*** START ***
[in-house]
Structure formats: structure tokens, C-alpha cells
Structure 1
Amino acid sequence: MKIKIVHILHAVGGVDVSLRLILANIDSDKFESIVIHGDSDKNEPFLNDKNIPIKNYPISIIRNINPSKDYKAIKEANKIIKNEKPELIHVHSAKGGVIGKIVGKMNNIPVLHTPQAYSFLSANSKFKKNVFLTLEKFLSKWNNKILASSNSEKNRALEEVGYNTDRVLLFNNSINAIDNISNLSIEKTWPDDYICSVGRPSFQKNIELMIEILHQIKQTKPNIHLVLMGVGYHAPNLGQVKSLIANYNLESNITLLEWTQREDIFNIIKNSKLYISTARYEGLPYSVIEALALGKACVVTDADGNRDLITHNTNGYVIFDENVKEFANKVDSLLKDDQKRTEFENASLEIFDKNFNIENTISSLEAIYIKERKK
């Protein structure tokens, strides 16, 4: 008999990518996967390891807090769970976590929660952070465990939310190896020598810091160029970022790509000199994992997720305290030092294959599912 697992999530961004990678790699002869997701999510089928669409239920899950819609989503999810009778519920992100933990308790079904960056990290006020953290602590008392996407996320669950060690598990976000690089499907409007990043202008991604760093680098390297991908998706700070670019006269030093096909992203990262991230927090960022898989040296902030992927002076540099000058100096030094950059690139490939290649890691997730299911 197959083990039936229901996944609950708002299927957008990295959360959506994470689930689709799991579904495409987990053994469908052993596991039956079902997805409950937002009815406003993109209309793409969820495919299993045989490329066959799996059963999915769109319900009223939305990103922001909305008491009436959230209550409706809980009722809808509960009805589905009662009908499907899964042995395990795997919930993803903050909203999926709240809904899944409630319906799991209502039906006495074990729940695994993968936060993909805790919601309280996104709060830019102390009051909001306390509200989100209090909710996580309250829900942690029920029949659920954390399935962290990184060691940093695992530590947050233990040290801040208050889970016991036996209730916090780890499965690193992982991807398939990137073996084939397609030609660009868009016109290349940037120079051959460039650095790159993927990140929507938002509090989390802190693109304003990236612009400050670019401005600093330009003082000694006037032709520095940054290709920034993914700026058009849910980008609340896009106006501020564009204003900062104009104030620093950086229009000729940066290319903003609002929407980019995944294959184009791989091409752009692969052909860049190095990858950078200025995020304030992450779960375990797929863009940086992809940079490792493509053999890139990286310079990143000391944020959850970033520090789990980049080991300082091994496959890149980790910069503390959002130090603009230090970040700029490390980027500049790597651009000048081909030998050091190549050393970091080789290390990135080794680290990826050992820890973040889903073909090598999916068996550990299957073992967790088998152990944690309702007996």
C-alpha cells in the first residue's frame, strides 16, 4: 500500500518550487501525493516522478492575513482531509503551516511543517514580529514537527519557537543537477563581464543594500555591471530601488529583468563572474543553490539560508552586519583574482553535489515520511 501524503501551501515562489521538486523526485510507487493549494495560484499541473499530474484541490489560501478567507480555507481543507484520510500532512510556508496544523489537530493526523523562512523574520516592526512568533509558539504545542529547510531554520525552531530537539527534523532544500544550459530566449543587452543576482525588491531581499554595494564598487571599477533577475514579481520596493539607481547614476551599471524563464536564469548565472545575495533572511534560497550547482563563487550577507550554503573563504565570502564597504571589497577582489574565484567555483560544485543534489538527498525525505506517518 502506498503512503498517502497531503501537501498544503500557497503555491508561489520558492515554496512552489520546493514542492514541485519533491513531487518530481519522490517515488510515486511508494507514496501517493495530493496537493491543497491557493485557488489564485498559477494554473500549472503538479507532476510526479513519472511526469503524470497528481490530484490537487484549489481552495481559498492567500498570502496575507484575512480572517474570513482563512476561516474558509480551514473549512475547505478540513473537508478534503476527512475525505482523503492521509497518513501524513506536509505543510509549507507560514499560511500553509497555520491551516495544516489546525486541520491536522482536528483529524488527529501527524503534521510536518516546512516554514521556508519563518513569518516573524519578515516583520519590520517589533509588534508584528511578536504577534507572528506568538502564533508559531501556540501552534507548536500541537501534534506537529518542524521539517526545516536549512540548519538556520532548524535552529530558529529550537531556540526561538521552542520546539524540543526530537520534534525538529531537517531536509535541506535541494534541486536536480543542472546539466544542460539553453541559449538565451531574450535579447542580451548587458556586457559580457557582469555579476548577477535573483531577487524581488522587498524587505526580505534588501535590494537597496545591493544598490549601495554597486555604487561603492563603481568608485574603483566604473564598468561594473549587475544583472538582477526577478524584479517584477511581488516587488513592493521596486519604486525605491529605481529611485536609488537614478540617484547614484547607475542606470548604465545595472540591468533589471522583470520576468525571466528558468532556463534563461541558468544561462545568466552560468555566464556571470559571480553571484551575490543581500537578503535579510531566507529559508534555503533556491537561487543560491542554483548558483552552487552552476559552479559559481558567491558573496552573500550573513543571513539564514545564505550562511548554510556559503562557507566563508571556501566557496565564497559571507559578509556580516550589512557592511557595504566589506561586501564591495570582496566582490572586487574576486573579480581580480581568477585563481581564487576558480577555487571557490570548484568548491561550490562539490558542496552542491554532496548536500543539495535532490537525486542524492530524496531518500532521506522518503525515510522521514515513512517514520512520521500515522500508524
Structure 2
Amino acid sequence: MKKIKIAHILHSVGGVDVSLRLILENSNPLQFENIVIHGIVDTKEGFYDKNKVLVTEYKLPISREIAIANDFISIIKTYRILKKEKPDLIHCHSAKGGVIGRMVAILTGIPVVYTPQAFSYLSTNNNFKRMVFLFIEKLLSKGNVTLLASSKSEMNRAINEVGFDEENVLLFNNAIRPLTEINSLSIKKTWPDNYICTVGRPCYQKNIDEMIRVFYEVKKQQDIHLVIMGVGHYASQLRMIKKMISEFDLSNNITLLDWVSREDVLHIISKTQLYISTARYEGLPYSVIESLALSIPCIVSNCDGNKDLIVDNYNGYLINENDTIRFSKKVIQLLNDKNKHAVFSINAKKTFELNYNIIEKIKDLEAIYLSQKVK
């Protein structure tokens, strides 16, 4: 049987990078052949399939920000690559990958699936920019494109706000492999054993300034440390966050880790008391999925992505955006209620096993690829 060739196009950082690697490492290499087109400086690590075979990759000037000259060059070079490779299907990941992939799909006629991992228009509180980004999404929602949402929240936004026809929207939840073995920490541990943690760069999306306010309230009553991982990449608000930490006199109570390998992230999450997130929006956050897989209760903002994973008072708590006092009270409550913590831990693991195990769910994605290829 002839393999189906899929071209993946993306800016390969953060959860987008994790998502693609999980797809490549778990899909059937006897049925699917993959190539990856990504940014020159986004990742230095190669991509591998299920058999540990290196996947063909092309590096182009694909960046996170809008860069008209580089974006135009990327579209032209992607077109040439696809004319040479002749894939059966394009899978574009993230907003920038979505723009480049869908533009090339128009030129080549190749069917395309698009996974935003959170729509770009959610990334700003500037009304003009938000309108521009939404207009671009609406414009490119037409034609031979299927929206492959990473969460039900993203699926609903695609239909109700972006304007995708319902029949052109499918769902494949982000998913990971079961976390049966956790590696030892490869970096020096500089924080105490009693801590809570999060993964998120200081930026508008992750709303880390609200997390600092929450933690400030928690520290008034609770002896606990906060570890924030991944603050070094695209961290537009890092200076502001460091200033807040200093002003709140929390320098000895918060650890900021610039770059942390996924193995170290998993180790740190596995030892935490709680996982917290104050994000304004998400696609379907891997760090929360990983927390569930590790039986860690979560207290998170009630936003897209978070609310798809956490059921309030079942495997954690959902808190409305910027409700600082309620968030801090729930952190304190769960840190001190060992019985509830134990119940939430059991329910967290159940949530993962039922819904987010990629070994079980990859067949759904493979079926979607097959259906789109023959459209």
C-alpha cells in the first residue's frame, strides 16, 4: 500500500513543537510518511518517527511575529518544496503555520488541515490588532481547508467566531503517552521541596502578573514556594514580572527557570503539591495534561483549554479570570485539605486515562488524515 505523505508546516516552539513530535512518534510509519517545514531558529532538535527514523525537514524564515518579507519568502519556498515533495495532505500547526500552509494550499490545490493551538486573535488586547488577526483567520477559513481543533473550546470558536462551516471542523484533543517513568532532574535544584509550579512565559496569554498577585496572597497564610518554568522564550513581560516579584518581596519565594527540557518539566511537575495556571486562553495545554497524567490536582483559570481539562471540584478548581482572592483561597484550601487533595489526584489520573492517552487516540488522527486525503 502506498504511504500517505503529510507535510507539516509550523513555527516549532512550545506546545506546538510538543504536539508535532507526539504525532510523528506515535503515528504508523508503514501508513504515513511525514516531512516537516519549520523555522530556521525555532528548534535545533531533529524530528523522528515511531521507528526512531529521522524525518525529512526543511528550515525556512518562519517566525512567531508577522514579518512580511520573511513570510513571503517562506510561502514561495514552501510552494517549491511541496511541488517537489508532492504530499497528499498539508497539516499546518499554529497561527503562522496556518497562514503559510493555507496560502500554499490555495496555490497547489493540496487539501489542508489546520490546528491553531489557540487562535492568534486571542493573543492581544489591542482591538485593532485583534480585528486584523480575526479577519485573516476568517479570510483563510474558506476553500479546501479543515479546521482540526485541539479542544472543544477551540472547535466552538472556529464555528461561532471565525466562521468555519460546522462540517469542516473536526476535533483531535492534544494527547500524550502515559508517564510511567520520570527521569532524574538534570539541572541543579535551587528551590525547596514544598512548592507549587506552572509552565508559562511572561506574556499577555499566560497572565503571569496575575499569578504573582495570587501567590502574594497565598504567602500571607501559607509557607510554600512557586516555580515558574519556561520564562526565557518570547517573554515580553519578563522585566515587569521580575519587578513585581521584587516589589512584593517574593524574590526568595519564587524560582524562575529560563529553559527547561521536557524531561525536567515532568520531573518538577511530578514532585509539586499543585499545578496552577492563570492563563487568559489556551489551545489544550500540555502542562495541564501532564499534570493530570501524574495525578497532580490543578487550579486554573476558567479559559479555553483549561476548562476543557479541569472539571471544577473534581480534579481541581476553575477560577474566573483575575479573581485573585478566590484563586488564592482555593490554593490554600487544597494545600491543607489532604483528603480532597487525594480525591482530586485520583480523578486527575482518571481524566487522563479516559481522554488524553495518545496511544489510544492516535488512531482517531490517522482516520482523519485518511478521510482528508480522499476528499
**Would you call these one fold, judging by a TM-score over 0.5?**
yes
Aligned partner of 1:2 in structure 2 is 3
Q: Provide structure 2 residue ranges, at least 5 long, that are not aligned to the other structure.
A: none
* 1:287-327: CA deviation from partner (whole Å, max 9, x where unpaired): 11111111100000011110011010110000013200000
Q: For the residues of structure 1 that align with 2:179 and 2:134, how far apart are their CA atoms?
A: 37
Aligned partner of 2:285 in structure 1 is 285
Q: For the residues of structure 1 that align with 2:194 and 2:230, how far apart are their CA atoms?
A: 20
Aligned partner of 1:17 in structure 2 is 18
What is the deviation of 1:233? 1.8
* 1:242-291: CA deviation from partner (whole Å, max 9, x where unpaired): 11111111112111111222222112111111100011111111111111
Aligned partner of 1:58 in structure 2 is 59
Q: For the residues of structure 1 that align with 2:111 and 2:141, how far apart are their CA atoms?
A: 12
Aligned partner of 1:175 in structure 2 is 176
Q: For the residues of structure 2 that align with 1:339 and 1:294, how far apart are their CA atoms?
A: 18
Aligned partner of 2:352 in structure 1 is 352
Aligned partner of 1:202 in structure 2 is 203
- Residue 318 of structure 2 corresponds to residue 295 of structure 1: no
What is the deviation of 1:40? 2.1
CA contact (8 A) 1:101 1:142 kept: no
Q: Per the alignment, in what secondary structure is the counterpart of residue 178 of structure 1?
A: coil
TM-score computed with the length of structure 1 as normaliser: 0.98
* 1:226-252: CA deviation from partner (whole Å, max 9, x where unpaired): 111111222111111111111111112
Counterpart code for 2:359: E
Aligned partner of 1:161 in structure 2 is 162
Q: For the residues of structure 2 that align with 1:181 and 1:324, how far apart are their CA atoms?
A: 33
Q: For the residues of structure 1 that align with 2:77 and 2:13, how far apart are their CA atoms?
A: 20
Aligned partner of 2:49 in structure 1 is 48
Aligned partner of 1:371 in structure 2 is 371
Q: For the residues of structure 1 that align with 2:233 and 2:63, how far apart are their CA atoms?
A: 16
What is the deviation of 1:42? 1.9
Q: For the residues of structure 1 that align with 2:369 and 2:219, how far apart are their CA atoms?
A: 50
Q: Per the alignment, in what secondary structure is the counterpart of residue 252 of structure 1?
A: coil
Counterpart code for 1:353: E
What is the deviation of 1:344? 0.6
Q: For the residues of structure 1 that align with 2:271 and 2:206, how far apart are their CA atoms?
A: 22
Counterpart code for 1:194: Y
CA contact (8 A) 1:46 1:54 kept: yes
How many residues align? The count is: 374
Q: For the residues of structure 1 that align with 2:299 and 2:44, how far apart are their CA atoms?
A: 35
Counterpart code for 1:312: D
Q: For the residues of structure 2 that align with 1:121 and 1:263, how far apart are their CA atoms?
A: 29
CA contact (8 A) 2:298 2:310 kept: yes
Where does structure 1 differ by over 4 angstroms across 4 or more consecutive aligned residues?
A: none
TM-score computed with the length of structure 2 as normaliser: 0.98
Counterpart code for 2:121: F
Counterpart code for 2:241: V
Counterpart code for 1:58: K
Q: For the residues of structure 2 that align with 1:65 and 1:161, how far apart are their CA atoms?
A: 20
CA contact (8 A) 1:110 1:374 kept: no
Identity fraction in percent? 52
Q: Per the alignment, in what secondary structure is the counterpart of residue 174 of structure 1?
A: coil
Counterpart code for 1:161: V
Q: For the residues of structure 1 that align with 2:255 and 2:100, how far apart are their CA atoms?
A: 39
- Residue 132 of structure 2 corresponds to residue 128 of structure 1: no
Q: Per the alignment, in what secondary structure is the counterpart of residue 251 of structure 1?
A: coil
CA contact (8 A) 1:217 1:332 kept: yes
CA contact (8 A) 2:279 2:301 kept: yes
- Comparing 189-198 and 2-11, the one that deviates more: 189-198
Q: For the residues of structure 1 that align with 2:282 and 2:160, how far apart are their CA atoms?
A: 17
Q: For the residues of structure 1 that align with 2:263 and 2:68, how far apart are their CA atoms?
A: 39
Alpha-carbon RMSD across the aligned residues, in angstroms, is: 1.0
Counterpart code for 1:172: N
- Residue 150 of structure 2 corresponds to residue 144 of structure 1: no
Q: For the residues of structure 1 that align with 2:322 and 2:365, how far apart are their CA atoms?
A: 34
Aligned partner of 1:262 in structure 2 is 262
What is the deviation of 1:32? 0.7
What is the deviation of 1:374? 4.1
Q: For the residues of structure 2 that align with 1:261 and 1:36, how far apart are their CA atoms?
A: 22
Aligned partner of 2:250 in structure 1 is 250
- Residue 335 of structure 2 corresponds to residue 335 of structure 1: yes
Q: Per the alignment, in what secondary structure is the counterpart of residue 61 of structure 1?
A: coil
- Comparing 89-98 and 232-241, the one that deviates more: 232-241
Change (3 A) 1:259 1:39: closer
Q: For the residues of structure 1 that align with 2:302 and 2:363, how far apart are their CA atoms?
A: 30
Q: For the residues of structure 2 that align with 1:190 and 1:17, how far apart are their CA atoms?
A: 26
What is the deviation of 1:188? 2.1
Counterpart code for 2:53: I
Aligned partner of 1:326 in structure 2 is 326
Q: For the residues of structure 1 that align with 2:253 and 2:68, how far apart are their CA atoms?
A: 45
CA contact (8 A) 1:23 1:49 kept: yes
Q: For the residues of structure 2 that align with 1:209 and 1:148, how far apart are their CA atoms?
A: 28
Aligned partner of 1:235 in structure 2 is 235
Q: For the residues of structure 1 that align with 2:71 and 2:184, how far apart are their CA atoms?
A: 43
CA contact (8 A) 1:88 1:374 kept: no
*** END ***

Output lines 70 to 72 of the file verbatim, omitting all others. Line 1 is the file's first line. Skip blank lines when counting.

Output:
TM-score computed with the length of structure 2 as normaliser: 0.98
Counterpart code for 2:121: F
Counterpart code for 2:241: V